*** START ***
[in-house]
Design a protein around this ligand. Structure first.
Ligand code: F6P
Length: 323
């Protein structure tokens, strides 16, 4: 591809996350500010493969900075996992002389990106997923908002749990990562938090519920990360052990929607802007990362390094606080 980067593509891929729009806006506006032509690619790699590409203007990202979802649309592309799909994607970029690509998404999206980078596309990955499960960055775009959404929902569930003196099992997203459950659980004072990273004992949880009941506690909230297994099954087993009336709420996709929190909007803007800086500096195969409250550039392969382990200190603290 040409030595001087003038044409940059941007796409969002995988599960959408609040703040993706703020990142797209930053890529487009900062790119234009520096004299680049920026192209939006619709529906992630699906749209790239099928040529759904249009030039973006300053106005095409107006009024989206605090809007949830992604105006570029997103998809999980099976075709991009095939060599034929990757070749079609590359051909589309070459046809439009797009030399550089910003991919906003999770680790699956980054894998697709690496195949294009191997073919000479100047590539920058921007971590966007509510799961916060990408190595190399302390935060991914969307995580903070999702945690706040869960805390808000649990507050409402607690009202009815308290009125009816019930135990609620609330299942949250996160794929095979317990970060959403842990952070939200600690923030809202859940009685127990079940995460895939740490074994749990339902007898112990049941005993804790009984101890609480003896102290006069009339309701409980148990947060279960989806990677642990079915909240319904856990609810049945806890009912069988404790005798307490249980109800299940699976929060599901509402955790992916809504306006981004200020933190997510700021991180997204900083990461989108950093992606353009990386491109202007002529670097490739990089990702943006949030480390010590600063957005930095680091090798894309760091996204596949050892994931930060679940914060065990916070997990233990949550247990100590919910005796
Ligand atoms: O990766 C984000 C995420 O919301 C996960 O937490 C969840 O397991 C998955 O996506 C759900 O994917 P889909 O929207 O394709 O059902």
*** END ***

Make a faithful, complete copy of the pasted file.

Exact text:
[in-house]
Design a protein around this ligand. Structure first.
Ligand code: F6P
Length: 323
């Protein structure tokens, strides 16, 4: 591809996350500010493969900075996992002389990106997923908002749990990562938090519920990360052990929607802007990362390094606080 980067593509891929729009806006506006032509690619790699590409203007990202979802649309592309799909994607970029690509998404999206980078596309990955499960960055775009959404929902569930003196099992997203459950659980004072990273004992949880009941506690909230297994099954087993009336709420996709929190909007803007800086500096195969409250550039392969382990200190603290 040409030595001087003038044409940059941007796409969002995988599960959408609040703040993706703020990142797209930053890529487009900062790119234009520096004299680049920026192209939006619709529906992630699906749209790239099928040529759904249009030039973006300053106005095409107006009024989206605090809007949830992604105006570029997103998809999980099976075709991009095939060599034929990757070749079609590359051909589309070459046809439009797009030399550089910003991919906003999770680790699956980054894998697709690496195949294009191997073919000479100047590539920058921007971590966007509510799961916060990408190595190399302390935060991914969307995580903070999702945690706040869960805390808000649990507050409402607690009202009815308290009125009816019930135990609620609330299942949250996160794929095979317990970060959403842990952070939200600690923030809202859940009685127990079940995460895939740490074994749990339902007898112990049941005993804790009984101890609480003896102290006069009339309701409980148990947060279960989806990677642990079915909240319904856990609810049945806890009912069988404790005798307490249980109800299940699976929060599901509402955790992916809504306006981004200020933190997510700021991180997204900083990461989108950093992606353009990386491109202007002529670097490739990089990702943006949030480390010590600063957005930095680091090798894309760091996204596949050892994931930060679940914060065990916070997990233990949550247990100590919910005796
Ligand atoms: O990766 C984000 C995420 O919301 C996960 O937490 C969840 O397991 C998955 O996506 C759900 O994917 P889909 O929207 O394709 O059902």